|A smartphone with a projected TikTok logo is placed on a computer motherboard in this image shot February 23, 2023. REUTERS/Dado Ruvic/Illustration/|
May 4 (Reuters) - Advertisers are determined to continue spending on TikTok owing to its great popularity with consumers despite worries of a future ban in the U.S. over national security concerns, ad specialists said.
The stance comes as TikTok, which is owned by Chinese tech giant ByteDance, is seeking to avert a ban in the U.S. after senators filed a measure that would empower President Joe Biden's administration powers to block applications that pose security dangers. The short-form video software has already been prohibited from government-issued phones in various nations.
TikTok is expected to conduct a presentation for advertisers on Thursday evening in New York as part of NewFronts, an annual week of events when social media and streaming video platforms announce new content and capabilities for marketers.
Despite the worries over its Chinese ownership, TikTok's ad sales is set to rise 36% to $6.83 billion this year, according to research company Insider Intelligence.
Ryan Detert, chief executive of Influential, an influencer marketing business, claimed that of the firm's customers "none are saying 'don't spend money on TikTok,'" he added.
"There's no contagion that we're seeing," he continued. Influential has worked with businesses like Pepsi and the NFL.
Two media buyers at two separate large ad agencies told Reuters that Washington's investigation over the app had yet to damage their customers' plans on TikTok. The two purchasers spoke on condition of anonymity to discuss contacts with TikTok.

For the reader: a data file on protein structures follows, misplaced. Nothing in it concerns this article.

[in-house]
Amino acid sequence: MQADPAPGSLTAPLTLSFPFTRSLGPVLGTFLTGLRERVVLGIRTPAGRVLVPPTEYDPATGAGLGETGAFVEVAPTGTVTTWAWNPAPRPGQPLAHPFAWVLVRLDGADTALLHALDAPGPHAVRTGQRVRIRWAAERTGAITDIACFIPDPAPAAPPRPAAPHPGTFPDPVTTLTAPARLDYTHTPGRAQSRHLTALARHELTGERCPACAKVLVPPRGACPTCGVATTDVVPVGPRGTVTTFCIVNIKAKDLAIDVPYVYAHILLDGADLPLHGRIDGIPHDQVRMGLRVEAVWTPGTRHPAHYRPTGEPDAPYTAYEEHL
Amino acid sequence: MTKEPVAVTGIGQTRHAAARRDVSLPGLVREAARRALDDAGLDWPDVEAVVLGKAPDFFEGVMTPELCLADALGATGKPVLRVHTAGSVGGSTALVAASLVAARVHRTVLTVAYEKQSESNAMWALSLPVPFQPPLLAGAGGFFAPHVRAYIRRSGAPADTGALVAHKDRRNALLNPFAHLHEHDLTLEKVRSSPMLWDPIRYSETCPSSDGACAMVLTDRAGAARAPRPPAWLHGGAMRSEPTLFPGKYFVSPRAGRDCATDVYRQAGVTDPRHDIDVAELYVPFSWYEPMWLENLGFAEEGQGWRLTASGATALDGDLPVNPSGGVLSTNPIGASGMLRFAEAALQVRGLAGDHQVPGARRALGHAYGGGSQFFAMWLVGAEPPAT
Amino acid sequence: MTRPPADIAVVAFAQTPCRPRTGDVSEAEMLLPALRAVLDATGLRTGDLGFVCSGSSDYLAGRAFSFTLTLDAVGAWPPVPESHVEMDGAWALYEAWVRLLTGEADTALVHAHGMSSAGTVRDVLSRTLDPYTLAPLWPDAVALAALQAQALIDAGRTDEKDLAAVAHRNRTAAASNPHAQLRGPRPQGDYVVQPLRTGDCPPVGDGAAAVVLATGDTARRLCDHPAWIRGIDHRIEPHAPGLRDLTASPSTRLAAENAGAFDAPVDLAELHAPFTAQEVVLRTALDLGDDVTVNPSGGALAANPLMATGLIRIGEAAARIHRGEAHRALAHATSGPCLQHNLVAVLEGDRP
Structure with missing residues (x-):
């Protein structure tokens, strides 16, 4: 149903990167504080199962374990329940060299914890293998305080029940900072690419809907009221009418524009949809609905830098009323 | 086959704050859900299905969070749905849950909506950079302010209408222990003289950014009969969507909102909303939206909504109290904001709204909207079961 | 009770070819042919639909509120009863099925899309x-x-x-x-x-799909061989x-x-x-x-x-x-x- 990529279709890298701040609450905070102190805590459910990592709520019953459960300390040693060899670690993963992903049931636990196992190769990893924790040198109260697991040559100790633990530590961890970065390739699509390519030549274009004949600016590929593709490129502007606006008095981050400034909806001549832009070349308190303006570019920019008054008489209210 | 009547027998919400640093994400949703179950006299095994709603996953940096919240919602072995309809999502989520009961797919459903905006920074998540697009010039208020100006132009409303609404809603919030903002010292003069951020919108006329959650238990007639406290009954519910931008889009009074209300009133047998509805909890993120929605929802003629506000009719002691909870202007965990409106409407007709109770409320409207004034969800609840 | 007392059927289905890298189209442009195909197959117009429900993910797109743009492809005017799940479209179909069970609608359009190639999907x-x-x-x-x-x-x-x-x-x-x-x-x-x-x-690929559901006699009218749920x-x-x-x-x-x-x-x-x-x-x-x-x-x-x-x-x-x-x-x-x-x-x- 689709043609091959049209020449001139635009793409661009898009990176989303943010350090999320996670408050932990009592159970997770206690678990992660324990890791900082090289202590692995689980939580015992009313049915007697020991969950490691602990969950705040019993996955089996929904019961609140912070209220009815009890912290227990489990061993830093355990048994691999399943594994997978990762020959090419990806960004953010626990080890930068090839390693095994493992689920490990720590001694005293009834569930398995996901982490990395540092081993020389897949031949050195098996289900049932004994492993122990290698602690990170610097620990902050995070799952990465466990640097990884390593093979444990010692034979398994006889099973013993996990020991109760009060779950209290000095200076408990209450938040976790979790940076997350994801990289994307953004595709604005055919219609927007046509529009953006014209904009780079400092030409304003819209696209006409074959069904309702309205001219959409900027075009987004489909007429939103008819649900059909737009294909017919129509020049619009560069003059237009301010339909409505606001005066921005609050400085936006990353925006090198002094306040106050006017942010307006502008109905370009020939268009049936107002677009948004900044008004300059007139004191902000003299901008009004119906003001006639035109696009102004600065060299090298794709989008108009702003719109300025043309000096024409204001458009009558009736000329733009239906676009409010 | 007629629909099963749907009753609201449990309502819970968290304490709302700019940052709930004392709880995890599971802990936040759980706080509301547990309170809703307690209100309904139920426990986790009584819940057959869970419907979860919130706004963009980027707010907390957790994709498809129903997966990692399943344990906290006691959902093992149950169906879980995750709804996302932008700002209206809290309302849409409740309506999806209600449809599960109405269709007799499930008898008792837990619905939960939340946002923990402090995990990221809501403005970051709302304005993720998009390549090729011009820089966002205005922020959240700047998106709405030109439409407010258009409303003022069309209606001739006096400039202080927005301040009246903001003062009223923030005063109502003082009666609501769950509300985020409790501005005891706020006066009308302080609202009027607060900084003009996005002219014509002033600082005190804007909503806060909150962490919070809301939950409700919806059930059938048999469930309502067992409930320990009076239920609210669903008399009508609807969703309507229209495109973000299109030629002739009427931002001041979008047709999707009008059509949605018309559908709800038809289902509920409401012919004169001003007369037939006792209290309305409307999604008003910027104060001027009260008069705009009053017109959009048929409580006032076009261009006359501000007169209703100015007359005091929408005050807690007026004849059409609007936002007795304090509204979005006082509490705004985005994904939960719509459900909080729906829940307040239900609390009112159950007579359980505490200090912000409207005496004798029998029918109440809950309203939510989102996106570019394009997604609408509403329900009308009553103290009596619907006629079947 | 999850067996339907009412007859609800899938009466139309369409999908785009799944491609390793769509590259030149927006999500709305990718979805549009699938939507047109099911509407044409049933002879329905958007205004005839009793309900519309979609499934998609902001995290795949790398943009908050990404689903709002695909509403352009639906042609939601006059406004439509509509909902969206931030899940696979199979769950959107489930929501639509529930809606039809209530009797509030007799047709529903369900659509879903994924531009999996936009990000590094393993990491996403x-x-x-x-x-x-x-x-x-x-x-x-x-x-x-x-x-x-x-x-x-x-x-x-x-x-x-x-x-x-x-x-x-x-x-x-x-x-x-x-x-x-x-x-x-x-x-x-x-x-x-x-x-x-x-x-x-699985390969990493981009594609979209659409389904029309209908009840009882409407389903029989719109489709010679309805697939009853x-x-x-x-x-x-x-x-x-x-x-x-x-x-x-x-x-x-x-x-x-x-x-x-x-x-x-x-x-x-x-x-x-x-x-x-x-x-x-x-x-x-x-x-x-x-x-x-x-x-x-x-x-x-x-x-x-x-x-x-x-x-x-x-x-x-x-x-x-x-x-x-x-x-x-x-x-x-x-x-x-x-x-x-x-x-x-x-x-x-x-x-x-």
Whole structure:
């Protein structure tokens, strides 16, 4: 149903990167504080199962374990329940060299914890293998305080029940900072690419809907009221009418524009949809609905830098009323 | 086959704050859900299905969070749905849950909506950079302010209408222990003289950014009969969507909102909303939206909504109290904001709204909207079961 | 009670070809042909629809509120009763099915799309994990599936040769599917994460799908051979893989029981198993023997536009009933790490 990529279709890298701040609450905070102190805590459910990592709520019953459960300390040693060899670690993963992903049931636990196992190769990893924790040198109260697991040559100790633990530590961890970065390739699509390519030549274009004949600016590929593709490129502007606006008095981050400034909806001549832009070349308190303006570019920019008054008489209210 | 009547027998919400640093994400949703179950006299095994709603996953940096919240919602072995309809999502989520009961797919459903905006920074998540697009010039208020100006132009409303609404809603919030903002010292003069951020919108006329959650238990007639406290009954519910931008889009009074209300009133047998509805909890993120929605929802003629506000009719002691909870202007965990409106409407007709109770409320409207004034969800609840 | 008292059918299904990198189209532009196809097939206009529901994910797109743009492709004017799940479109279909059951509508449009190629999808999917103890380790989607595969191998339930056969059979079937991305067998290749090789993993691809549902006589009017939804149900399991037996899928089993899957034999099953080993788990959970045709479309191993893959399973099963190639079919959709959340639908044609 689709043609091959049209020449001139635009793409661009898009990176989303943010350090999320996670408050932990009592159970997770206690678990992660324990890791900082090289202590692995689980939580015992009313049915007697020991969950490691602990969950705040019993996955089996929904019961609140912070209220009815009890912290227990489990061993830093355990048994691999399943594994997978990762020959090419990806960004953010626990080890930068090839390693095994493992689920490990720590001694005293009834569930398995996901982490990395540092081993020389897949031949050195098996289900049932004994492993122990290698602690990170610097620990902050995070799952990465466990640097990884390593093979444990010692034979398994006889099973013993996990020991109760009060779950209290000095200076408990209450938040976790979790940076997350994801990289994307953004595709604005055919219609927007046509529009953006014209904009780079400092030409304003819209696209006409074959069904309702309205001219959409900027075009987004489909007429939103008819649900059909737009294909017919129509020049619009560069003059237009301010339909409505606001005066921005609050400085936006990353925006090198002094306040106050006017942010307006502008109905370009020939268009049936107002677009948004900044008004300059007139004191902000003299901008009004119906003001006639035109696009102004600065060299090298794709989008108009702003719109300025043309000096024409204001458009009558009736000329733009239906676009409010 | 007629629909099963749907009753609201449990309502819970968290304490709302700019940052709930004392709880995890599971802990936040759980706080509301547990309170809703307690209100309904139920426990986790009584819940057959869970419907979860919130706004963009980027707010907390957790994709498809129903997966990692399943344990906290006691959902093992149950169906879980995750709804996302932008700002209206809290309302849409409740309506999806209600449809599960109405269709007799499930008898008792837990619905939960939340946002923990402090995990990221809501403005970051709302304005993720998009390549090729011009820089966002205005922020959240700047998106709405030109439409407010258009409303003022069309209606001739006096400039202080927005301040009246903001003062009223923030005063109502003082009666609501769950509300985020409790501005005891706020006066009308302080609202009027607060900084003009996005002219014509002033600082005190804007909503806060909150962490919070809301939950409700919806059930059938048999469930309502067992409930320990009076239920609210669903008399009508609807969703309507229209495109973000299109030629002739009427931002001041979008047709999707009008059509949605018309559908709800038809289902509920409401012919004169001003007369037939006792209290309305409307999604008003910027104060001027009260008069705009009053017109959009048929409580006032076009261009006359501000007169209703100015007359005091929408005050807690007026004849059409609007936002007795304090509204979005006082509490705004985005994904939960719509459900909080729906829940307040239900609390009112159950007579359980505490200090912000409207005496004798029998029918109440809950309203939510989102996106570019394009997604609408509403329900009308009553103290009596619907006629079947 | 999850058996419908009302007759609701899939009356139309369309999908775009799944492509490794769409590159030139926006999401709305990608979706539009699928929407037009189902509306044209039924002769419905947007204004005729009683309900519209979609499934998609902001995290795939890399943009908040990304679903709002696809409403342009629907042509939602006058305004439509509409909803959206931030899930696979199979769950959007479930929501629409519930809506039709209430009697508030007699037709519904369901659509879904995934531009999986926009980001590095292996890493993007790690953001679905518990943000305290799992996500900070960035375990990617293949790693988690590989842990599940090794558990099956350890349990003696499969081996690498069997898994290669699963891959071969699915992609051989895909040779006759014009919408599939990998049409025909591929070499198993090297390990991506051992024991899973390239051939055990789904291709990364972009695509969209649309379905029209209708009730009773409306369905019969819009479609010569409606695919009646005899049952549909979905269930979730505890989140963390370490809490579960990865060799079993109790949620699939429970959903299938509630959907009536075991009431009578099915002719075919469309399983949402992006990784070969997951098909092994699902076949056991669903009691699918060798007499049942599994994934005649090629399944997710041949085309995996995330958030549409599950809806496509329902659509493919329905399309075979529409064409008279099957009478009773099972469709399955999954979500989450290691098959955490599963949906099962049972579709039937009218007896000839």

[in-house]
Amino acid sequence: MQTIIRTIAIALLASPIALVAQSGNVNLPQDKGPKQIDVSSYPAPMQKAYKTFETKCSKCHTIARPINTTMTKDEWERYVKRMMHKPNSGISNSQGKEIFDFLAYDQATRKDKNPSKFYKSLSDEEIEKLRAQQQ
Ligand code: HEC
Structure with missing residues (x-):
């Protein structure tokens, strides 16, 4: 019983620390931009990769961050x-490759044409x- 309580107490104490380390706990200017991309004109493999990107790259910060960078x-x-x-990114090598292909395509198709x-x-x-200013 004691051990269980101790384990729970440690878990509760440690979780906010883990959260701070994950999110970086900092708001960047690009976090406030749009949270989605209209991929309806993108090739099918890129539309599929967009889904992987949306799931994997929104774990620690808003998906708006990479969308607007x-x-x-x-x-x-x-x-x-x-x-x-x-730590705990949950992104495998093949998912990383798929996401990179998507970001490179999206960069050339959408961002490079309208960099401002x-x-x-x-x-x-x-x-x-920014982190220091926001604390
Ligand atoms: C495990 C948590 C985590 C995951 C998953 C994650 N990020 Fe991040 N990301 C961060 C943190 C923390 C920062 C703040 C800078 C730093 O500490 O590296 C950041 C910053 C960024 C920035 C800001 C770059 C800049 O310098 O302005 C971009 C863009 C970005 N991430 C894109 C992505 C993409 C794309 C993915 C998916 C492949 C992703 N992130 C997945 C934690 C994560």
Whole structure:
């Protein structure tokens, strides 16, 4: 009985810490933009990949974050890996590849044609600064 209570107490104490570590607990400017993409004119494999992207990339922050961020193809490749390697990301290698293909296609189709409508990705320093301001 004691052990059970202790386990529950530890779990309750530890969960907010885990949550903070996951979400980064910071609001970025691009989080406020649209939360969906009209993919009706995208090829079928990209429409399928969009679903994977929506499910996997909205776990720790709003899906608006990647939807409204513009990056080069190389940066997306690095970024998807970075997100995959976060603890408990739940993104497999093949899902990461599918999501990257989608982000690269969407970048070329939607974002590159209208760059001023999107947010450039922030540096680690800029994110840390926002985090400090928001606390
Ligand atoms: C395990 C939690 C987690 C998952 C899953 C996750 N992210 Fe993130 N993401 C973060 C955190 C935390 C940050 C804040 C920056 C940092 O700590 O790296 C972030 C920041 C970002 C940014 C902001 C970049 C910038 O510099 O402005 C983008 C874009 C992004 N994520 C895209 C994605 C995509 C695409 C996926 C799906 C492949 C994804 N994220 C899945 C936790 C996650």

At its presentation on Thursday, TikTok will reveal a new ad model that would enable marketers display advertisements next to content from publishers like BuzzFeed, Dotdash Meredith and NBCUniversal, and will offer a 50% part of the ad income to those publishers.
"TikTok is irreplaceable unless and until (advertisers) have to replace it," said Mark DiMassimo, founder of creative firm DiMassimo Goldstein, which has worked with companies such as Hello Fresh and Samsung.
Still, numerous media buyers recognized the potential of a U.S. ban will be the "elephant in the room" during the advertising pitch.
On Tuesday, TikTok announced its director of U.S. trust and safety will exit the firm next week, leaving the app without a senior executive who handled content moderation and the creation of safety solutions for the division that stored U.S. user data.
"There's a lot of uncertainty combined with uncertainty in general about the economic situation," said Stephani Estes, chief media officer of digital marketing firm Goodway Group. "You have to consider the what-ifs."
TikTok said it is addressing advertising concerns "head on in an open, fact-based and ongoing dialogue."